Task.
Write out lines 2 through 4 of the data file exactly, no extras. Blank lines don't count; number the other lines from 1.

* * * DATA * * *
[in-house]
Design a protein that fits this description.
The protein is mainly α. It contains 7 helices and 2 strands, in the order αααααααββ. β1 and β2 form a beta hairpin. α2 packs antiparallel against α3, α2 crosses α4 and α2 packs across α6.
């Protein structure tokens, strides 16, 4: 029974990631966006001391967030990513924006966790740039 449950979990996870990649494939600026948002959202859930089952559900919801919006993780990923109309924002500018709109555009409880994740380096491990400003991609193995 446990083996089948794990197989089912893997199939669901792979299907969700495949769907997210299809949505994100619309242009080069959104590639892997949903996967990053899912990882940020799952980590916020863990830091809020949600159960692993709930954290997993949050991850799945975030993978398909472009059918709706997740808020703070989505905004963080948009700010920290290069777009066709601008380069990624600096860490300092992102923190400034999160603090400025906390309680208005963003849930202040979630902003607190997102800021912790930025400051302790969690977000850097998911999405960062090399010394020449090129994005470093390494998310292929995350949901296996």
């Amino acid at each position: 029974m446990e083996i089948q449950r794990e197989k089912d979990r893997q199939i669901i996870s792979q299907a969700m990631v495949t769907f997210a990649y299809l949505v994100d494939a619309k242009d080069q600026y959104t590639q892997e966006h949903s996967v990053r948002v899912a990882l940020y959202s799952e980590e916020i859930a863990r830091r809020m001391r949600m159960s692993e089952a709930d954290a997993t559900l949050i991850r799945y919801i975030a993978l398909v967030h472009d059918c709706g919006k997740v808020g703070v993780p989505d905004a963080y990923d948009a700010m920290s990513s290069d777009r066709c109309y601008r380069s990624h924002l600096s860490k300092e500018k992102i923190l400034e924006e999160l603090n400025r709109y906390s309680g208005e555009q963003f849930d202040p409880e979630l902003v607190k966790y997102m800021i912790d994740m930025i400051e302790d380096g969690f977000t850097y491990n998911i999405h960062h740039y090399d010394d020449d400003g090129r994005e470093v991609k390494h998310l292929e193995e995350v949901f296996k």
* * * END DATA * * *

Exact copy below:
Design a protein that fits this description.
The protein is mainly α. It contains 7 helices and 2 strands, in the order αααααααββ. β1 and β2 form a beta hairpin. α2 packs antiparallel against α3, α2 crosses α4 and α2 packs across α6.
């Protein structure tokens, strides 16, 4: 029974990631966006001391967030990513924006966790740039 449950979990996870990649494939600026948002959202859930089952559900919801919006993780990923109309924002500018709109555009409880994740380096491990400003991609193995 446990083996089948794990197989089912893997199939669901792979299907969700495949769907997210299809949505994100619309242009080069959104590639892997949903996967990053899912990882940020799952980590916020863990830091809020949600159960692993709930954290997993949050991850799945975030993978398909472009059918709706997740808020703070989505905004963080948009700010920290290069777009066709601008380069990624600096860490300092992102923190400034999160603090400025906390309680208005963003849930202040979630902003607190997102800021912790930025400051302790969690977000850097998911999405960062090399010394020449090129994005470093390494998310292929995350949901296996």